Spaceward Ho! is a turn-based science fiction computer strategy game that was written by Peter Commons, designed by Joe Williams (Joedelta) and published by Delta Tao Software. The first version was released in 1990, and further upgrades followed regularly; the current version, 5.0.5, was released on July 8, 2003. The game can be categorized in the 4X game genre (eXplore, eXpand, eXploit, eXterminate) with a theme of galactic conquest. It has received wide recognition in the Macintosh community, for example being inducted into the Macworld Game Hall of Fame.
Version 5 is available for Mac OS (where it is Carbonized to be Mac OS X native, although there is no universal binary) and Palm OS. Version 4 is also available for Windows and version 2 for Amiga.
Spaceward Ho! can be played against a computer AI, or against other human players over the internet (via spacewardho.net). Previous versions of the game allowed also LAN-based networked play, but this feature has been disabled in the Mac OS X version. It has a very simple gameplay compared with most other games in the genre (such as Master of Orion). Depending on the initial settings, games take from about ten minutes to an hour. Its small but dedicated fanbase considers the simplicity to be elegance, and its designers boast that it has gotten faster and more intuitive to play with each new version. All unnecessary complexity has been stripped from the game, resulting in a fast-paced game that still manages to be very engaging.
The core of the game is the two-dimensional map of "planets". Each "planet" has three characteristics: temperature, gravity, and metal. Temperature and gravity are both used to determine how fast colonies can grow and how large they can become (based on the preferred temperature and gravity for the colonizer, which is different for each player); the difference is that a player may spend money to change the temperature ("terraforming") while gravity cannot be changed. Colonies with low population take a certain amount of money per turn to support, while colonies with high population earn money for their owner. Metal can, with money expenditure, be mined for use with shipbuilding. A planet's stats are unknown until explored (to get current info on a planet, a player must have ships in orbit with no enemies present). Travel between planets is via hyperspace (ships cannot encounter each other except at planets), and the time it takes depends on the distance between the origin and the destination on the map, as well as on the speed of the ship in question.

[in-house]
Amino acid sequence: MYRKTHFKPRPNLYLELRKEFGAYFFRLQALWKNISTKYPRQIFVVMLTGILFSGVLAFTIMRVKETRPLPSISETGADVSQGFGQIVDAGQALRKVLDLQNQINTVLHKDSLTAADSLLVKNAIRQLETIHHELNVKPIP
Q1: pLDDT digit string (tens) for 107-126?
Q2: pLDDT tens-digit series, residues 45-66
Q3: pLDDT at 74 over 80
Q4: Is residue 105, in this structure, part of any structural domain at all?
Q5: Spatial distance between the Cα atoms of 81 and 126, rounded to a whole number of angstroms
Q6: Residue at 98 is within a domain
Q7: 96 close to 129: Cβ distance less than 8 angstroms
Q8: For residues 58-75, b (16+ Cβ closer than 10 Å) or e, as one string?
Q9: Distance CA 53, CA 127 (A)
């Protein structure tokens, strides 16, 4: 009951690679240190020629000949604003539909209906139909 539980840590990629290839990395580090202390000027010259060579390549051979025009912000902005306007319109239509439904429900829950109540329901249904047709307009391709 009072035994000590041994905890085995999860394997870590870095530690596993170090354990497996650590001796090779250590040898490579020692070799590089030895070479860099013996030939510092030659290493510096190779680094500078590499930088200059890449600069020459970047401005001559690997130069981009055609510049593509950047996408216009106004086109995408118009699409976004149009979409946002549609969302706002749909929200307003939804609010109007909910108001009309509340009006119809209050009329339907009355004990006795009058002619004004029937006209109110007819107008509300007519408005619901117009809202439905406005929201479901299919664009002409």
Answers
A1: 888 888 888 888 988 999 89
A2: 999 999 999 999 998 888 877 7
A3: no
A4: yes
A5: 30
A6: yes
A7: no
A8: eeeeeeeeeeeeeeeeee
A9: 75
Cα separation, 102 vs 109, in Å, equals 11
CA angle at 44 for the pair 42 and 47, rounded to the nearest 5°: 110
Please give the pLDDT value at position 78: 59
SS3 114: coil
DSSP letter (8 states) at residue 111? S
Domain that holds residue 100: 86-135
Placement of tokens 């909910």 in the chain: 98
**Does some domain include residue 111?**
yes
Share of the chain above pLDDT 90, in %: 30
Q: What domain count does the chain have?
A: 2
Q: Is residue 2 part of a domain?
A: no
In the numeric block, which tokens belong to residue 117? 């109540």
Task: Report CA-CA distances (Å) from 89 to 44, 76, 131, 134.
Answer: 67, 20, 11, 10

Ships are built with money (representing renewable resources) and metal (representing non-renewable resources). Money and metal are available instantly, wherever needed. There are several different kinds of ships, including the basic Fighter, a Scout with longer range but weaker weapons, a Colony Ship used to found new colonies, Satellites which are cheap but cannot move from the world at which they are built, and in recent versions a few others as well, such as the Tanker and Dreadnought. Each ship has a ranking in each of five technologies: range (determining how far a ship can fly before refueling), speed (determining how quickly ships reach their destinations and who shoots first in a battle), weapons, shields, and "miniaturization". Higher-tech ships cost more money and metal, with the exception of ships with high "miniaturization" which take far more money but less metal. Miniaturization is much less effective when applied to Colony Ships, compared to other types of ships. Ships cannot be upgraded, although old ships can be scrapped to retrieve a portion of their metal. When a ship is destroyed in battle, a smaller portion can also be recovered. The first ship of a given design costs two to four times as much as subsequent units, to account for research and design costs.